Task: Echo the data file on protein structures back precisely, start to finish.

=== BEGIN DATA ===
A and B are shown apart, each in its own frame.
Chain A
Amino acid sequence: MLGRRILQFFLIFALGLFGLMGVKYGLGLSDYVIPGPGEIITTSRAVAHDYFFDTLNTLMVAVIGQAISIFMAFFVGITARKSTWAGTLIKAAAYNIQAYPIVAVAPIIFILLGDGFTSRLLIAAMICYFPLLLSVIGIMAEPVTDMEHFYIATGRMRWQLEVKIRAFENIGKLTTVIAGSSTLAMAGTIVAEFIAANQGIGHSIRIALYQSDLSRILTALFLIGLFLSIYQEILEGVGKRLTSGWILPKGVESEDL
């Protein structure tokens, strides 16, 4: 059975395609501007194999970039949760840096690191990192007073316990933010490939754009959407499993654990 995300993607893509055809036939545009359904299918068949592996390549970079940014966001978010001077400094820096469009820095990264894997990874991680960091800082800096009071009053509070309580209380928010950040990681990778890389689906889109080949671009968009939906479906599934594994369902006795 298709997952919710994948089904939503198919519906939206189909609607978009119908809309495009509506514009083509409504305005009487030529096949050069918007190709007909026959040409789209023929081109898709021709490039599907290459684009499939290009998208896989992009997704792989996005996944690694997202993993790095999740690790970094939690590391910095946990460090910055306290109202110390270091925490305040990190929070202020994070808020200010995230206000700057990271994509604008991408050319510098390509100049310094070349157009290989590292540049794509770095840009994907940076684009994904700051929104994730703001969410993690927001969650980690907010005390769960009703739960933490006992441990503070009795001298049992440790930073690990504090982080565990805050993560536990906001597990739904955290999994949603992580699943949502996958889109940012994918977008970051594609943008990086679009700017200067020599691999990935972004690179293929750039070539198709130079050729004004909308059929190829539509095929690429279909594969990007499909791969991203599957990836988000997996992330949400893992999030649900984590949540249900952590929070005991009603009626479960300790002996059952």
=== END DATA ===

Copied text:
A and B are shown apart, each in its own frame.
Chain A
Amino acid sequence: MLGRRILQFFLIFALGLFGLMGVKYGLGLSDYVIPGPGEIITTSRAVAHDYFFDTLNTLMVAVIGQAISIFMAFFVGITARKSTWAGTLIKAAAYNIQAYPIVAVAPIIFILLGDGFTSRLLIAAMICYFPLLLSVIGIMAEPVTDMEHFYIATGRMRWQLEVKIRAFENIGKLTTVIAGSSTLAMAGTIVAEFIAANQGIGHSIRIALYQSDLSRILTALFLIGLFLSIYQEILEGVGKRLTSGWILPKGVESEDL
């Protein structure tokens, strides 16, 4: 059975395609501007194999970039949760840096690191990192007073316990933010490939754009959407499993654990 995300993607893509055809036939545009359904299918068949592996390549970079940014966001978010001077400094820096469009820095990264894997990874991680960091800082800096009071009053509070309580209380928010950040990681990778890389689906889109080949671009968009939906479906599934594994369902006795 298709997952919710994948089904939503198919519906939206189909609607978009119908809309495009509506514009083509409504305005009487030529096949050069918007190709007909026959040409789209023929081109898709021709490039599907290459684009499939290009998208896989992009997704792989996005996944690694997202993993790095999740690790970094939690590391910095946990460090910055306290109202110390270091925490305040990190929070202020994070808020200010995230206000700057990271994509604008991408050319510098390509100049310094070349157009290989590292540049794509770095840009994907940076684009994904700051929104994730703001969410993690927001969650980690907010005390769960009703739960933490006992441990503070009795001298049992440790930073690990504090982080565990805050993560536990906001597990739904955290999994949603992580699943949502996958889109940012994918977008970051594609943008990086679009700017200067020599691999990935972004690179293929750039070539198709130079050729004004909308059929190829539509095929690429279909594969990007499909791969991203599957990836988000997996992330949400893992999030649900984590949540249900952590929070005991009603009626479960300790002996059952």